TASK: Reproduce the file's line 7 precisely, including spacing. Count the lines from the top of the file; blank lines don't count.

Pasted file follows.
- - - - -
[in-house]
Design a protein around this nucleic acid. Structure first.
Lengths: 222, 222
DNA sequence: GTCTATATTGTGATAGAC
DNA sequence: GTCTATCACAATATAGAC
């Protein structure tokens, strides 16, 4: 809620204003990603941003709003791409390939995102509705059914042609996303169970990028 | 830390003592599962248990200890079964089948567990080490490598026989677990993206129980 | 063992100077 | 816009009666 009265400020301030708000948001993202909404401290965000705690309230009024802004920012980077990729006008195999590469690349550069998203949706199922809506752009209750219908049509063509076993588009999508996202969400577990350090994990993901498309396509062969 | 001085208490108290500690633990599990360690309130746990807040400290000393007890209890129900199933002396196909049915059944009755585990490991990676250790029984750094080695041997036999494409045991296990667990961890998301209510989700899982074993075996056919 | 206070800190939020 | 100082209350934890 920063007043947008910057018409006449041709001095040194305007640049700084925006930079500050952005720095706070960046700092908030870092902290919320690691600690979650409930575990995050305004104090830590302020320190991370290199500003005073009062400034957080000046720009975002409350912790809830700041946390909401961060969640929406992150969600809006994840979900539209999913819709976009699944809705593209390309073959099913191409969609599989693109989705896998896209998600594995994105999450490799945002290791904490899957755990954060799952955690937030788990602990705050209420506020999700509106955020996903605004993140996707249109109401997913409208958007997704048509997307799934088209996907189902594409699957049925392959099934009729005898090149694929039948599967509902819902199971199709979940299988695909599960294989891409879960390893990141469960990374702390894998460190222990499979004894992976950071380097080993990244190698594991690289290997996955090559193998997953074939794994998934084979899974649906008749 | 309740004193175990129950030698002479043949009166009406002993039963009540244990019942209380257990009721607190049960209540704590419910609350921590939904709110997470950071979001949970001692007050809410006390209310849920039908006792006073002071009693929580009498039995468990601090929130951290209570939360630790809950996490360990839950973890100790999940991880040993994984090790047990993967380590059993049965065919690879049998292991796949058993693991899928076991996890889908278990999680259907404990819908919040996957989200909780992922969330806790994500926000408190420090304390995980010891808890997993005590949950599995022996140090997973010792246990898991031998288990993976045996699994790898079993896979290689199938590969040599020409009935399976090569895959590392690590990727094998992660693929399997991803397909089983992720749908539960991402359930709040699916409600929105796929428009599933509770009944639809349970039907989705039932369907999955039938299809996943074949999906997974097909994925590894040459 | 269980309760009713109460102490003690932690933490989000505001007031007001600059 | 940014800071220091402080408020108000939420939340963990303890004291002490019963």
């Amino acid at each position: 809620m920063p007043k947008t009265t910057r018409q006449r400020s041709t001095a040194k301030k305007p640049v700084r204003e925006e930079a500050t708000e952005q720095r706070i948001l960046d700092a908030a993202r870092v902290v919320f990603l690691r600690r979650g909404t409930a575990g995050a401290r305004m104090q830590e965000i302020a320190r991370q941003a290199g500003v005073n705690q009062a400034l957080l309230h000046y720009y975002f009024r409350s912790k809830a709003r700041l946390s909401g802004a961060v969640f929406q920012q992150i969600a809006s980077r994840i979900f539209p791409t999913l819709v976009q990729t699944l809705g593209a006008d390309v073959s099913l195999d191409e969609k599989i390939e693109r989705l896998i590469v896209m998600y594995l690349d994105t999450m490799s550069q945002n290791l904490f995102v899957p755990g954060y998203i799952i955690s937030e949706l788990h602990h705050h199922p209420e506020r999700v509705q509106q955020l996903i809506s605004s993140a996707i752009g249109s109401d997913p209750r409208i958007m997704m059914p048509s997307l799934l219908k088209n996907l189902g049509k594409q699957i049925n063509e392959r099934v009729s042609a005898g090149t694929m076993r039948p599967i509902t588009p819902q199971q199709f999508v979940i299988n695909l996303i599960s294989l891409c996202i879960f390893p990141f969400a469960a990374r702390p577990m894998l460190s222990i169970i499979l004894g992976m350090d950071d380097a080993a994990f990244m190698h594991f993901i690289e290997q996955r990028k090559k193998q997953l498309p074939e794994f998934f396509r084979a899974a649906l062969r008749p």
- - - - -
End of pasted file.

């Amino acid at each position: 809620m920063p007043k947008t009265t910057r018409q006449r400020s041709t001095a040194k301030k305007p640049v700084r204003e925006e930079a500050t708000e952005q720095r706070i948001l960046d700092a908030a993202r870092v902290v919320f990603l690691r600690r979650g909404t409930a575990g995050a401290r305004m104090q830590e965000i302020a320190r991370q941003a290199g500003v005073n705690q009062a400034l957080l309230h000046y720009y975002f009024r409350s912790k809830a709003r700041l946390s909401g802004a961060v969640f929406q920012q992150i969600a809006s980077r994840i979900f539209p791409t999913l819709v976009q990729t699944l809705g593209a006008d390309v073959s099913l195999d191409e969609k599989i390939e693109r989705l896998i590469v896209m998600y594995l690349d994105t999450m490799s550069q945002n290791l904490f995102v899957p755990g954060y998203i799952i955690s937030e949706l788990h602990h705050h199922p209420e506020r999700v509705q509106q955020l996903i809506s605004s993140a996707i752009g249109s109401d997913p209750r409208i958007m997704m059914p048509s997307l799934l219908k088209n996907l189902g049509k594409q699957i049925n063509e392959r099934v009729s042609a005898g090149t694929m076993r039948p599967i509902t588009p819902q199971q199709f999508v979940i299988n695909l996303i599960s294989l891409c996202i879960f390893p990141f969400a469960a990374r702390p577990m894998l460190s222990i169970i499979l004894g992976m350090d950071d380097a080993a994990f990244m190698h594991f993901i690289e290997q996955r990028k090559k193998q997953l498309p074939e794994f998934f396509r084979a899974a649906l062969r008749p």